goods of this one (or equal goods of other sorts) without its disadvantages.

This approach to the analysis of omnipotence (and to the problem of evil)


seems utterly wrong-headed to me. If we are as unclear as this about the
boundaries of metaphysical possibility, what reason do we have for thinking
that omnipotence is even a possible property? Why should we suppose that
the "stories" Van Inwagen and others tell about why God might allow suffering feature a genuinely omnipotent deity? If, for all we know, the metaphysical structure of reality may be such as to exclude all sorts of obvious
conceptual possibilities, then, for all we know, it may also be such as to
exclude the possibility that the concept of omnipotence has any instances.
Indeed, I would go further. If the space of broadly logical possibility is as
narrow as is sometimes suggested, then I suspect that it does exclude the
existence of anyone who could reasonably be called "all powerful."
But the situation is even worse for the Anselmian who views God as a
prime "delimiter" of metaphysical possibility. He must reckon with the
(epistemic) possibility that any given state of affairs may be incompatible
with the existence of whatever necessarily existent persons may (for all we
know) exist. By way of illustration, consider the following (conceptually possible) state of affairs.
Ti. A ten-ton rock levitating to a position one mile above the earth and then
remaining stationary for one hour while the earth rotates beneath it.

Surely we do not have to wait for the outcome of philosophical inquiry


into the existence of nature of God to know that an all-powerful being would
be able to actualize states of affairs like Ti. A person's inability to make a rock

Morriston: Omnipotence and the Anselmian God

13

behave in the manner described by T1 should, all by itself, be sufficient to


show that he lacks the maximum conceivable amount of power and is not
omnipotent. (Any traditional theist who is tempted to say that omnipotence
may be unable to actualize the likes of T1 on the ground that Ti is metaphysically impossible would do well to reflect on some of the more stupendous miracles reported in scripture.'') So, if the space of broadly logical possibility did turn out to exclude Ti for the sole reason that there is a necessarily existent personcall her Sallywho, due to an essential aversion to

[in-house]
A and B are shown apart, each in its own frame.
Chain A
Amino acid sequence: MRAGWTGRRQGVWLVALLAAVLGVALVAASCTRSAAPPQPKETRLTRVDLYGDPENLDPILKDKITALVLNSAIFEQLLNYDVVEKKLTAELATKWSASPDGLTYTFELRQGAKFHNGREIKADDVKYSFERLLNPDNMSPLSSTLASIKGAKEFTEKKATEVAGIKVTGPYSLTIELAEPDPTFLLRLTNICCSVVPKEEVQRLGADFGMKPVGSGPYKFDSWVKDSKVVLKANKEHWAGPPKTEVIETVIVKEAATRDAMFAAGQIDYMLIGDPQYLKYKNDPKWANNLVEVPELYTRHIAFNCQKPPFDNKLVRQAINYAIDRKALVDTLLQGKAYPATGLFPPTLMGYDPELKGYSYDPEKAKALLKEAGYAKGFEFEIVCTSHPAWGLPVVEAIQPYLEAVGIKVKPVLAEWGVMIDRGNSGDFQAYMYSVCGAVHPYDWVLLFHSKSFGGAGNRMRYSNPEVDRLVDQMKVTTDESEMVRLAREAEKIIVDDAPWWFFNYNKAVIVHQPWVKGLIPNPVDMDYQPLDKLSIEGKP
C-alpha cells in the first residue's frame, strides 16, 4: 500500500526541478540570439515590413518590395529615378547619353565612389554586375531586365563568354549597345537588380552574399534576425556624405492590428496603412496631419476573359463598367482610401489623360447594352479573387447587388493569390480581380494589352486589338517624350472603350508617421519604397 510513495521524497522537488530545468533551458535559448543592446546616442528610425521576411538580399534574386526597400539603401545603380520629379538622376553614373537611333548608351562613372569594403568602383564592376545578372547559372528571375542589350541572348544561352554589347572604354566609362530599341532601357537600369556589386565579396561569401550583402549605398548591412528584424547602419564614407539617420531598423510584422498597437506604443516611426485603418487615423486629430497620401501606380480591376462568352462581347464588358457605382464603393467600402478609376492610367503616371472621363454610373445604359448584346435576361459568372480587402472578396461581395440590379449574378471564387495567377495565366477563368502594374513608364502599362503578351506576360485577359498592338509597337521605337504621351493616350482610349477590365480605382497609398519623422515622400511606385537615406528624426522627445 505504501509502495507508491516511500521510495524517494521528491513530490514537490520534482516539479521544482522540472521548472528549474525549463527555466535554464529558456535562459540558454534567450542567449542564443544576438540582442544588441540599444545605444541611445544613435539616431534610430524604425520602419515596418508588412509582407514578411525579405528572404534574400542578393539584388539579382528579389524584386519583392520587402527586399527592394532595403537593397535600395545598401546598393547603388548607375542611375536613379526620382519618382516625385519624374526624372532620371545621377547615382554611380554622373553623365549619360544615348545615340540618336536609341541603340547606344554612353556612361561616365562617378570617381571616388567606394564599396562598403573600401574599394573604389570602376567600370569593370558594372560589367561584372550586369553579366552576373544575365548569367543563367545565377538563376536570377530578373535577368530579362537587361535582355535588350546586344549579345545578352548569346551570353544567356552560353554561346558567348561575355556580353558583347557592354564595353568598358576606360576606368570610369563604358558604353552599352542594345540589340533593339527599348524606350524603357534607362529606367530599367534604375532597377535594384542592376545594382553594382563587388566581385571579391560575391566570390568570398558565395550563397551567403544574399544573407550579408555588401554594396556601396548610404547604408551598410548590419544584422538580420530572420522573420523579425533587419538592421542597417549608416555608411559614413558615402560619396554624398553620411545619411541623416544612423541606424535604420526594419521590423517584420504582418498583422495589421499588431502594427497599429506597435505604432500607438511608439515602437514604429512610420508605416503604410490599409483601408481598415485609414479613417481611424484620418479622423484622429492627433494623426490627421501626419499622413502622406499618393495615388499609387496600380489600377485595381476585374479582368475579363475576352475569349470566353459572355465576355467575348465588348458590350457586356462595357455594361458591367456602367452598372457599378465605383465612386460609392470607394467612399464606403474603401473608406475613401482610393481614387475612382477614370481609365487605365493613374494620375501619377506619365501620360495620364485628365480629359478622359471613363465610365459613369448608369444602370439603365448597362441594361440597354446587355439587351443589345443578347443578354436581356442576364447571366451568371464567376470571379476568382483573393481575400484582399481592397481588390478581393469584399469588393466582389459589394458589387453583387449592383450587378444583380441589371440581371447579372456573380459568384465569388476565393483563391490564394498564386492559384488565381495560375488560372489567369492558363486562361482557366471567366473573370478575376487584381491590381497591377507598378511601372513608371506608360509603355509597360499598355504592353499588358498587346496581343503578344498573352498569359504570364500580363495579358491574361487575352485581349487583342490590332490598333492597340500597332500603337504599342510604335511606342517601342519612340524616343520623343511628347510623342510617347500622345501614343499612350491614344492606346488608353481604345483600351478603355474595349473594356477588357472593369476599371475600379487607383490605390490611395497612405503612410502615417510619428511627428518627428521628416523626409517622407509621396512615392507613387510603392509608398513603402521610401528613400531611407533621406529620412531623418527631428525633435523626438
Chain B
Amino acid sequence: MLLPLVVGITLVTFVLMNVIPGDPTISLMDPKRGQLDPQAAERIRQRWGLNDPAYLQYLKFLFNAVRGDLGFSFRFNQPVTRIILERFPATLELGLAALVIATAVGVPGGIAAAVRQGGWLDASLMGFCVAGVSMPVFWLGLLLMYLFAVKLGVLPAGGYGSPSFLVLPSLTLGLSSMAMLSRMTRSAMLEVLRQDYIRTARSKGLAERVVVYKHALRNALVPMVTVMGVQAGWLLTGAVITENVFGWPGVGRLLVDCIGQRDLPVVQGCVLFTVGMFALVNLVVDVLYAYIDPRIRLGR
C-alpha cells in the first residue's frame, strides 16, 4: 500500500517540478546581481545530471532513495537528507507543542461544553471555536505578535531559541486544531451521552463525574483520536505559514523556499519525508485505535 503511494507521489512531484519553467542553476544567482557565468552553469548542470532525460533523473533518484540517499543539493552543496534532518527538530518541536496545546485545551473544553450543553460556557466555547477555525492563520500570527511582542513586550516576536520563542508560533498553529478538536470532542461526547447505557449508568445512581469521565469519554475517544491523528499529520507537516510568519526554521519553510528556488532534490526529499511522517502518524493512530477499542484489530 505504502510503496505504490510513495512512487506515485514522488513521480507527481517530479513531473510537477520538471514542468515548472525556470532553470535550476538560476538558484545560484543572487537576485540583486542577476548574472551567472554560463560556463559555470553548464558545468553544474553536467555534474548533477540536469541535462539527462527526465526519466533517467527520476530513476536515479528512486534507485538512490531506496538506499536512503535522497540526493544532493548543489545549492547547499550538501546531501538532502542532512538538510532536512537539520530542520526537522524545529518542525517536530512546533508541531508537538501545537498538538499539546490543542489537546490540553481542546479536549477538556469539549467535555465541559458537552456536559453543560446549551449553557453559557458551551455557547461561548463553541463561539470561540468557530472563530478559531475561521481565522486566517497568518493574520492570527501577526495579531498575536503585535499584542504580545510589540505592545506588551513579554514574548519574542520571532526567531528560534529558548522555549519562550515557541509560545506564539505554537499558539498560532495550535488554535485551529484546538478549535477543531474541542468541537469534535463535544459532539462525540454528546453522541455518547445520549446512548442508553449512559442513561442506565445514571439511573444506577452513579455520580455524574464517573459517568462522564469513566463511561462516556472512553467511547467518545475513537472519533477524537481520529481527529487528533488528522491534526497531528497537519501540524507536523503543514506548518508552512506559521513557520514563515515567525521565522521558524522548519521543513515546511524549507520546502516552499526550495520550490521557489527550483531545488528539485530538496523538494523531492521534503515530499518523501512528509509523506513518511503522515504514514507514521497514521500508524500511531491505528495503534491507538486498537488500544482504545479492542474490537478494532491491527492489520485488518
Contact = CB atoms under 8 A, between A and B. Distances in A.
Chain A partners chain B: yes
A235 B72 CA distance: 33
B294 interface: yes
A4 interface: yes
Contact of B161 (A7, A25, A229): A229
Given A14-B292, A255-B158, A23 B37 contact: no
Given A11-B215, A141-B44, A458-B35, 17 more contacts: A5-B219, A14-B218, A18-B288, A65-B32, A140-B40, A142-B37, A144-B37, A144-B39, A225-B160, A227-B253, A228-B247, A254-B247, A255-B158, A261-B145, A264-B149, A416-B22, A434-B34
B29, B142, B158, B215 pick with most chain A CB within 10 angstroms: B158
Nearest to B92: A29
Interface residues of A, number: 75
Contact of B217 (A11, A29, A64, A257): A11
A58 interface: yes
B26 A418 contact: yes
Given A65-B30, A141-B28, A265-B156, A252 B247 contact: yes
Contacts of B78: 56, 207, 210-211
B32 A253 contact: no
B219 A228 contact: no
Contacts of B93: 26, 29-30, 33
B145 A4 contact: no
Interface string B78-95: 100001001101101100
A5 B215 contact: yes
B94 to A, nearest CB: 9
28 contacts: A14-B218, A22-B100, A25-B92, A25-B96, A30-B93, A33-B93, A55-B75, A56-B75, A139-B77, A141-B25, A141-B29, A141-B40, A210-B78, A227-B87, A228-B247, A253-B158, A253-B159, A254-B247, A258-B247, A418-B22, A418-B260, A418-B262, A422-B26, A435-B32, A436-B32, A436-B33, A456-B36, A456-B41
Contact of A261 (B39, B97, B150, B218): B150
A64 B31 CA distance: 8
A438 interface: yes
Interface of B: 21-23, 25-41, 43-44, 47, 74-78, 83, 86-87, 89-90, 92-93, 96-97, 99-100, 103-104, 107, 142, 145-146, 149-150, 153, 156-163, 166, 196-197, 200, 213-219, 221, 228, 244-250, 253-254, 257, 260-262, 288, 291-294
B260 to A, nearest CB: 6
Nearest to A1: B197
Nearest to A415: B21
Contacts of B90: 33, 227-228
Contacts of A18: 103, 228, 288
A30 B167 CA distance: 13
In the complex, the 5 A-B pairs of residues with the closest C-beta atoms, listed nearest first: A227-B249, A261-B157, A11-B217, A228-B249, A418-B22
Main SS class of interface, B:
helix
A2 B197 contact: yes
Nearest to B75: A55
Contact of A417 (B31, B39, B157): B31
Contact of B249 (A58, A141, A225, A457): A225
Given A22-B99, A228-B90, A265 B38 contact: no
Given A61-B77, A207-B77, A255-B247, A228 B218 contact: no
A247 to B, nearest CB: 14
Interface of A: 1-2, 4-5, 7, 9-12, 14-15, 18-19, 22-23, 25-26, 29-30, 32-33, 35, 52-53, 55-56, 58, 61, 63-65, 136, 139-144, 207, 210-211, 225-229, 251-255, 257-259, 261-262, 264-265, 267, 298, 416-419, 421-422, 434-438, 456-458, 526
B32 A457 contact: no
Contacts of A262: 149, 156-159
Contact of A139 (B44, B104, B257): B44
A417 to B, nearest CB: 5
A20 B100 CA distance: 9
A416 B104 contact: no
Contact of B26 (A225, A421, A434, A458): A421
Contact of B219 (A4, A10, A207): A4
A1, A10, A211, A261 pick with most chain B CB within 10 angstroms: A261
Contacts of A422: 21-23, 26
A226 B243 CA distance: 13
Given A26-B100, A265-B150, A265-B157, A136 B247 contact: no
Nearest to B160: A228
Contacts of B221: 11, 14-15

levitating rocks, cannot help preventing T1 from obtaining in every possible
world, then I think we should say that this same space of possibilities also
excludes omnipotence. For, no matter how powerful Sally is in other
respects, we can conceive of a more powerful beingone just as powerful as
Sally in other respects, but who, unlike Sally, can actualize TI.''
As far as I can see, the case of E2 is no different from that of T1 in this
respect. In itself, E2 is consistently conceivable. There does not appear to
anything logically absurd about E2. Apart from theological considerations,
there is no reason to suppose that E2 has a modal status different from that
of TI. So if maximal power and omnipotence entail the ability to actualize
T1, I would say that they also entail the ability to actualize E2. And if we end
up deciding, on the basis of theological considerations, that the space of
metaphysical possibility excludes E2, then we should say precisely the same
thing we would say if it turned out to exclude T1. We should acknowledge
that this is a space of possibilities in which no one could be all powerful.
My Anselmian opponents may wish to challenge this last inference, on
the ground that, no matter what the boundaries of the space of metaphysical possibility turn out to be, no others are possible.' It is absurd, they may
say, to suggest that an omnipotent being should be able to do things that
may, for all we know, lie outside the boundaries of possibility in the broadly
logical sense. Even if we do not know precisely how to draw the boundaries
of this kind of possibility, omnipotence can and should be defined in such a
way that it requires maximal power within, and only within, the space of
genuine metaphysical possibility.
I do not think this approach to the analysis of omnipotence has much
chance of success. For one thing, it is far from clear that there must be a
maximum metaphysically possible degree of power. Indeed, if our ignorance of the space of metaphysical possibility is as great as has been suggested, we have no reason whatever to suppose that power must have an
intrinsic maximum. For any given degree of power, there may (for all we
know) be a greater degree that is also metaphysically possible. For all we
know, therefore, there may be no such thing as the maximum metaphysically possible degree of power.
But let that pass. Suppose, for the sake of argument, that, no matter
what the space of metaphysical possibility looks like, there is a maximum
possible degree of power. The Anselmian account of omnipotence is still in
trouble. For if this is all there is to the property of having "maximal power,"
there is little reason to think that maximal power is sufficient for omnipo-

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tence. "Maximal power" certainly sounds grand and godlike. But if, when
we inquire more closely into it, it turns out that this property isas far as
we can seeconsistent with not being able to actualize E2 or T1 or a host of
other perfectly conceivable states of affairs, then I think we have a reason of
some weight for not saying that possessing maximal power is sufficient for
being all powerful.